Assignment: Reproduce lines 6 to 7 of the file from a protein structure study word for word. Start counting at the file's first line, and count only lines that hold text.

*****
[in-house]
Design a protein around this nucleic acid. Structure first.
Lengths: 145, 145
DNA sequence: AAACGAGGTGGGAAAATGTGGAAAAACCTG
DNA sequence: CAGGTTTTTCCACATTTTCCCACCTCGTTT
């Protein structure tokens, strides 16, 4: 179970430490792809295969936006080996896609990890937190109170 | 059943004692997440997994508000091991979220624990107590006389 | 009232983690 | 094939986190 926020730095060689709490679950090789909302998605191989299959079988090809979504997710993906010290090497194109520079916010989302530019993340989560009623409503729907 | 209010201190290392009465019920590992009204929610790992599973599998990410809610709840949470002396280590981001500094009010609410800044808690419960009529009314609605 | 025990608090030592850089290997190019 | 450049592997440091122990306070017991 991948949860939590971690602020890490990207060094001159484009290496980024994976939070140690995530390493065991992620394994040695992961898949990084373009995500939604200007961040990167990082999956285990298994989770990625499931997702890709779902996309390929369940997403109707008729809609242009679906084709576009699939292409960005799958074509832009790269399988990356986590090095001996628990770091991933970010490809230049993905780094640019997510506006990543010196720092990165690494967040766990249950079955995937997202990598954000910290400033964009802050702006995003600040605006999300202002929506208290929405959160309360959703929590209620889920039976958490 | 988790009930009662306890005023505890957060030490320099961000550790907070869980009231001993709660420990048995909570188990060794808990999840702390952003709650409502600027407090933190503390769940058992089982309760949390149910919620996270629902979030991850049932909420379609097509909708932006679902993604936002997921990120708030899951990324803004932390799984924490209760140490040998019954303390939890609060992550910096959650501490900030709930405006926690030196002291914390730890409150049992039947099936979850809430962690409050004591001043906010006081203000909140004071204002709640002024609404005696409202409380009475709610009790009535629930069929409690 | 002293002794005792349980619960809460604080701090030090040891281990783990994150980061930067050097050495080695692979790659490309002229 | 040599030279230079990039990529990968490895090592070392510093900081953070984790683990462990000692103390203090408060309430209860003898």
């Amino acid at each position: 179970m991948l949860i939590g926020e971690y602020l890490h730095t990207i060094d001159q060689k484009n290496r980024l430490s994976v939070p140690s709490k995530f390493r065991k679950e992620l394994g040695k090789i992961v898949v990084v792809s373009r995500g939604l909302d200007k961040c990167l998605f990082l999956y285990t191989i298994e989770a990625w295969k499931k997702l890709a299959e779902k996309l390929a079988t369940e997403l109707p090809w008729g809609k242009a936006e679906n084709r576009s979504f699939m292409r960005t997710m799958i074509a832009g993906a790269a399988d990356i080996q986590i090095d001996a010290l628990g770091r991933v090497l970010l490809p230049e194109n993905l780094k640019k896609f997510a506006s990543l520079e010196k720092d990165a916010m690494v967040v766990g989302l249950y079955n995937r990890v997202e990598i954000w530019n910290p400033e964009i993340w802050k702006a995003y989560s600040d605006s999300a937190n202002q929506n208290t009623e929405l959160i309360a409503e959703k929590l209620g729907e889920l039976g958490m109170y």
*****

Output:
């Protein structure tokens, strides 16, 4: 179970430490792809295969936006080996896609990890937190109170 | 059943004692997440997994508000091991979220624990107590006389 | 009232983690 | 094939986190 926020730095060689709490679950090789909302998605191989299959079988090809979504997710993906010290090497194109520079916010989302530019993340989560009623409503729907 | 209010201190290392009465019920590992009204929610790992599973599998990410809610709840949470002396280590981001500094009010609410800044808690419960009529009314609605 | 025990608090030592850089290997190019 | 450049592997440091122990306070017991 991948949860939590971690602020890490990207060094001159484009290496980024994976939070140690995530390493065991992620394994040695992961898949990084373009995500939604200007961040990167990082999956285990298994989770990625499931997702890709779902996309390929369940997403109707008729809609242009679906084709576009699939292409960005799958074509832009790269399988990356986590090095001996628990770091991933970010490809230049993905780094640019997510506006990543010196720092990165690494967040766990249950079955995937997202990598954000910290400033964009802050702006995003600040605006999300202002929506208290929405959160309360959703929590209620889920039976958490 | 988790009930009662306890005023505890957060030490320099961000550790907070869980009231001993709660420990048995909570188990060794808990999840702390952003709650409502600027407090933190503390769940058992089982309760949390149910919620996270629902979030991850049932909420379609097509909708932006679902993604936002997921990120708030899951990324803004932390799984924490209760140490040998019954303390939890609060992550910096959650501490900030709930405006926690030196002291914390730890409150049992039947099936979850809430962690409050004591001043906010006081203000909140004071204002709640002024609404005696409202409380009475709610009790009535629930069929409690 | 002293002794005792349980619960809460604080701090030090040891281990783990994150980061930067050097050495080695692979790659490309002229 | 040599030279230079990039990529990968490895090592070392510093900081953070984790683990462990000692103390203090408060309430209860003898």
């Amino acid at each position: 179970m991948l949860i939590g926020e971690y602020l890490h730095t990207i060094d001159q060689k484009n290496r980024l430490s994976v939070p140690s709490k995530f390493r065991k679950e992620l394994g040695k090789i992961v898949v990084v792809s373009r995500g939604l909302d200007k961040c990167l998605f990082l999956y285990t191989i298994e989770a990625w295969k499931k997702l890709a299959e779902k996309l390929a079988t369940e997403l109707p090809w008729g809609k242009a936006e679906n084709r576009s979504f699939m292409r960005t997710m799958i074509a832009g993906a790269a399988d990356i080996q986590i090095d001996a010290l628990g770091r991933v090497l970010l490809p230049e194109n993905l780094k640019k896609f997510a506006s990543l520079e010196k720092d990165a916010m690494v967040v766990g989302l249950y079955n995937r990890v997202e990598i954000w530019n910290p400033e964009i993340w802050k702006a995003y989560s600040d605006s999300a937190n202002q929506n208290t009623e929405l959160i309360a409503e959703k929590l209620g729907e889920l039976g958490m109170y």